Article
In this work, we show the strong resistance of zwitterionic phosphorylcholine (PC) self-assembled monolayers (SAMs) to protein adsorption and examine key factors leading to their nonfouling behavior using both experimental and molecular simulation techniques. Zwitterions with a balanced charge and minimized dipole are excellent candidates as nonfouling materials due to their strong hydration capacity via electrostatic interactions.
Article
By utilizing flow-controlled PLL-g-PEG and PLL-g-PEGbiotin modification of predefined regions of a poly(dimethylsiloxane) (PDMS) micro-fluidic device, with an intentionally chosen large (approximately 1 cm2) internal surface area, we report rapid (10 min), highly localized (6 x 10(-6) cm2), and specific surface-based protein capture from a sample volume (100 microL) containing a low amount of protein (160 attomol in pure buffer and 400 attomol in serum). The design criteria for this surface modification were achieved using QCM-D (quartz crystal microbalance with energy dissipation monitoring) of serum protein adsorption onto PLL-g-PEG-modified oxidized PDMS. Equally good, or almost as good, results were obtained for oxidized SU-8, Topas, and poly(methyl metacrylate) (PMMA), demonstrating the generic potential of PLL-g-PEG for surface modification in various micro-fluidic applications.
Article
Thin films of 3-aminopropyltriethoxysilane (APTES) are commonly used to promote adhesion between silica substrates and organic or metallic materials with applications ranging from advanced composites to biomolecular lab-on-a-chip. Unfortunately, there is confusion as to which reaction conditions will result in consistently aminated surfaces. A wide range of conflicting experimental methods are used with researchers often assuming the creation of smooth self-assembled monolayers. A range of film morphologies based on the film deposition conditions are presented here to establish an optimized method of APTES film formation. The effect of reaction temperature, solution concentration, and reaction time on the structure and morphology was studied for the system of APTES on silica. Three basic morphologies were observed: smooth thin film, smooth thick film, and roughened thick film.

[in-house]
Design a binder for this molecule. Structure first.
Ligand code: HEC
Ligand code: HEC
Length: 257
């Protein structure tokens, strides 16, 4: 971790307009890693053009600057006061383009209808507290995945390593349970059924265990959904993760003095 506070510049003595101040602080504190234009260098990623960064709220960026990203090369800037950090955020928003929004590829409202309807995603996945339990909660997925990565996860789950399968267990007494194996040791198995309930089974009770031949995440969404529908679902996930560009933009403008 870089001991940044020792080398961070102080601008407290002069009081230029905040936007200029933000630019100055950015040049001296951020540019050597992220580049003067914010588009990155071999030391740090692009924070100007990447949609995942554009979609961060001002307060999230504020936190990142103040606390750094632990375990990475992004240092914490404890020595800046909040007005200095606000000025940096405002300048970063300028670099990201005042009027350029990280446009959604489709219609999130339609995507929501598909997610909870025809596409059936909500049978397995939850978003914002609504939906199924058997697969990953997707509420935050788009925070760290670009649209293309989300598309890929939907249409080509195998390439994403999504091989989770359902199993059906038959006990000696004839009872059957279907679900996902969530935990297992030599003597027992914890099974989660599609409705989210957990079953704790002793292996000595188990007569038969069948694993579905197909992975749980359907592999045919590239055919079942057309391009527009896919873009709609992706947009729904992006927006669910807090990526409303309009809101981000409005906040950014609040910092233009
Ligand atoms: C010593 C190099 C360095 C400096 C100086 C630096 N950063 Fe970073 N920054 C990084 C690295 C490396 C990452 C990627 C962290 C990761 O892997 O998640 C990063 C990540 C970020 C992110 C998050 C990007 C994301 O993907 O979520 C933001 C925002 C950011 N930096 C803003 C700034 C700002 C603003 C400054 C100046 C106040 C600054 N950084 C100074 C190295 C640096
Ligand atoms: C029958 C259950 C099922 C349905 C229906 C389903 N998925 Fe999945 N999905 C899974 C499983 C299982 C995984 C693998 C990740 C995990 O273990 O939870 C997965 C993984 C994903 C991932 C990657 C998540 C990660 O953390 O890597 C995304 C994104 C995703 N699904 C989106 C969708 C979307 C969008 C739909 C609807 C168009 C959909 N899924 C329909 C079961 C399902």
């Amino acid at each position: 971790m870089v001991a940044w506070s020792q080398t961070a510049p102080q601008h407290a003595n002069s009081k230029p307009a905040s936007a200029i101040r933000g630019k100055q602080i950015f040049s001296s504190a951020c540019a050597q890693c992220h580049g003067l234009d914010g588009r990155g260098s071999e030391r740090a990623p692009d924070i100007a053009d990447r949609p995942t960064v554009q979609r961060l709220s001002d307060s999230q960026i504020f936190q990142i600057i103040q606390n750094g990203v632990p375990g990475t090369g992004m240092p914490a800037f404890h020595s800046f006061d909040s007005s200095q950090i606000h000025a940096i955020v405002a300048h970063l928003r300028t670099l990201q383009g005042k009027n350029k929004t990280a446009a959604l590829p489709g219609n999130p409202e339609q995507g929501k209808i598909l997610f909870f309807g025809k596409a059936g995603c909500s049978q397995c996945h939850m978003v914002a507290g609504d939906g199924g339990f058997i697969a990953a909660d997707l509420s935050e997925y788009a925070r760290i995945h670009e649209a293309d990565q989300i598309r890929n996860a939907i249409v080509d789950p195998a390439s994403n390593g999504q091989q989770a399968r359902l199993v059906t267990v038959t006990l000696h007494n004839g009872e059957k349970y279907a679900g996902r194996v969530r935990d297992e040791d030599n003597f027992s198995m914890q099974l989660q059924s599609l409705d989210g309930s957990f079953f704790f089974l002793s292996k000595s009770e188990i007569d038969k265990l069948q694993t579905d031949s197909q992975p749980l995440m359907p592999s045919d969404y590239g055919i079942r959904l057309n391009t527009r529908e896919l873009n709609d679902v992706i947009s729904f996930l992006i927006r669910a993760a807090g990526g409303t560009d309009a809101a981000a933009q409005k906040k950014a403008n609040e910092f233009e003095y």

Article
Prostate-specific antigen (PSA) is the best serum marker currently available for the detection of prostate cancer and is the forensic marker of choice for determining the presence of azoospermic semen in some sexual assault cases. Most current assays for PSA detection are processed on large analyzers at dedicated testing sites, which require that samples be sent away for testing. This leads to delays in patient management and increased administration costs. The recent emphasis placed on the need for point-of-care patient management has led to the development of novel biosensor detection strategies that are suitable for the miniaturization of assays for various targets including PSA. This review highlights the current and novel analytical technologies used for PSA detection, which will benefit clinicians, patients and forensic workers in the future.